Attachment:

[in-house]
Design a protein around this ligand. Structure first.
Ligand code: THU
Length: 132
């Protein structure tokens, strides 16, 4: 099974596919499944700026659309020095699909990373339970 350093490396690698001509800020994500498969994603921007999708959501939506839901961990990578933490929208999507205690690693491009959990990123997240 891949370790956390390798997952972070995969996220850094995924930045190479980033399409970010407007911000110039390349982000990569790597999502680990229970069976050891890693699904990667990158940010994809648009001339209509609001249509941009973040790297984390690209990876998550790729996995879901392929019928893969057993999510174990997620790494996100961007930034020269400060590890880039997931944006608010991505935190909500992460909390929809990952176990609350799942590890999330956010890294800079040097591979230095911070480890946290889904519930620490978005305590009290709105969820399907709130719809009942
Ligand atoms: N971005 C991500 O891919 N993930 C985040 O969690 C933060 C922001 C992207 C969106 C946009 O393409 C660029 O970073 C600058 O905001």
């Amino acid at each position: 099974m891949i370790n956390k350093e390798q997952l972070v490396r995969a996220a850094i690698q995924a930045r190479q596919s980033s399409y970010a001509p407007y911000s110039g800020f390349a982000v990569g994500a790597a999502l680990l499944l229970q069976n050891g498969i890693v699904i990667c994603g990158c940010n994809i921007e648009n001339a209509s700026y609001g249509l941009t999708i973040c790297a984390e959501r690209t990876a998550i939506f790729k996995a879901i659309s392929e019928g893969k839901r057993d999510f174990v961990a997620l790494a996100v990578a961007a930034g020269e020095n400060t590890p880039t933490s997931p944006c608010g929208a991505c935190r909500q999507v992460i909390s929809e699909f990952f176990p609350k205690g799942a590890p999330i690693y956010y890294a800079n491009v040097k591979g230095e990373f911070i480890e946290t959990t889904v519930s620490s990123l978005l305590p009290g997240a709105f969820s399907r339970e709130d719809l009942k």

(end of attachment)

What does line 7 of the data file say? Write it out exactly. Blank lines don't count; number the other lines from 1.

């Amino acid at each position: 099974m891949i370790n956390k350093e390798q997952l972070v490396r995969a996220a850094i690698q995924a930045r190479q596919s980033s399409y970010a001509p407007y911000s110039g800020f390349a982000v990569g994500a790597a999502l680990l499944l229970q069976n050891g498969i890693v699904i990667c994603g990158c940010n994809i921007e648009n001339a209509s700026y609001g249509l941009t999708i973040c790297a984390e959501r690209t990876a998550i939506f790729k996995a879901i659309s392929e019928g893969k839901r057993d999510f174990v961990a997620l790494a996100v990578a961007a930034g020269e020095n400060t590890p880039t933490s997931p944006c608010g929208a991505c935190r909500q999507v992460i909390s929809e699909f990952f176990p609350k205690g799942a590890p999330i690693y956010y890294a800079n491009v040097k591979g230095e990373f911070i480890e946290t959990t889904v519930s620490s990123l978005l305590p009290g997240a709105f969820s399907r339970e709130d719809l009942k």